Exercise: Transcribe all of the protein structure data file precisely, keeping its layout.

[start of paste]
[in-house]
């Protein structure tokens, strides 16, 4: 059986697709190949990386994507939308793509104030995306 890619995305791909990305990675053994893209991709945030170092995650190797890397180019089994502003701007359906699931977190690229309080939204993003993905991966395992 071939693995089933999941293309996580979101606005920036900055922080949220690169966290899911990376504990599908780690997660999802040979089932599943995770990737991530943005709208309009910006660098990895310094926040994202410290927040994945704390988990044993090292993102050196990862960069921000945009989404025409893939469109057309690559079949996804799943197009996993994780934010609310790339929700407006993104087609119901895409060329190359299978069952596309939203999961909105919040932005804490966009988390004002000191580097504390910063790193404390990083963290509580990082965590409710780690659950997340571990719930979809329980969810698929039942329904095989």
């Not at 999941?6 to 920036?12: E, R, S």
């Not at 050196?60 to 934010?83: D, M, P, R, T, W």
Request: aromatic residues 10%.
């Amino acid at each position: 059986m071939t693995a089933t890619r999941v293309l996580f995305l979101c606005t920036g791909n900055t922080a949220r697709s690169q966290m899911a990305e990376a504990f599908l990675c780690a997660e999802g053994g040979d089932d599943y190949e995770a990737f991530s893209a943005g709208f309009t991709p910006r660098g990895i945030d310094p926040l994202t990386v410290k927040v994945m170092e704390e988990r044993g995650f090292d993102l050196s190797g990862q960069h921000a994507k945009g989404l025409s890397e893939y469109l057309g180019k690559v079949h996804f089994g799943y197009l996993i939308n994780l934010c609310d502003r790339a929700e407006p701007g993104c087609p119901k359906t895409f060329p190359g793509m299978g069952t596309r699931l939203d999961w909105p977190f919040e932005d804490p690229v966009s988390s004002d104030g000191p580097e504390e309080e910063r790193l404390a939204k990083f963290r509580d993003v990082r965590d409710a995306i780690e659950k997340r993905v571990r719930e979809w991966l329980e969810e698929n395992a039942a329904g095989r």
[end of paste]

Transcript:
[in-house]
């Protein structure tokens, strides 16, 4: 059986697709190949990386994507939308793509104030995306 890619995305791909990305990675053994893209991709945030170092995650190797890397180019089994502003701007359906699931977190690229309080939204993003993905991966395992 071939693995089933999941293309996580979101606005920036900055922080949220690169966290899911990376504990599908780690997660999802040979089932599943995770990737991530943005709208309009910006660098990895310094926040994202410290927040994945704390988990044993090292993102050196990862960069921000945009989404025409893939469109057309690559079949996804799943197009996993994780934010609310790339929700407006993104087609119901895409060329190359299978069952596309939203999961909105919040932005804490966009988390004002000191580097504390910063790193404390990083963290509580990082965590409710780690659950997340571990719930979809329980969810698929039942329904095989």
């Not at 999941?6 to 920036?12: E, R, S």
């Not at 050196?60 to 934010?83: D, M, P, R, T, W």
Request: aromatic residues 10%.
């Amino acid at each position: 059986m071939t693995a089933t890619r999941v293309l996580f995305l979101c606005t920036g791909n900055t922080a949220r697709s690169q966290m899911a990305e990376a504990f599908l990675c780690a997660e999802g053994g040979d089932d599943y190949e995770a990737f991530s893209a943005g709208f309009t991709p910006r660098g990895i945030d310094p926040l994202t990386v410290k927040v994945m170092e704390e988990r044993g995650f090292d993102l050196s190797g990862q960069h921000a994507k945009g989404l025409s890397e893939y469109l057309g180019k690559v079949h996804f089994g799943y197009l996993i939308n994780l934010c609310d502003r790339a929700e407006p701007g993104c087609p119901k359906t895409f060329p190359g793509m299978g069952t596309r699931l939203d999961w909105p977190f919040e932005d804490p690229v966009s988390s004002d104030g000191p580097e504390e309080e910063r790193l404390a939204k990083f963290r509580d993003v990082r965590d409710a995306i780690e659950k997340r993905v571990r719930e979809w991966l329980e969810e698929n395992a039942a329904g095989r």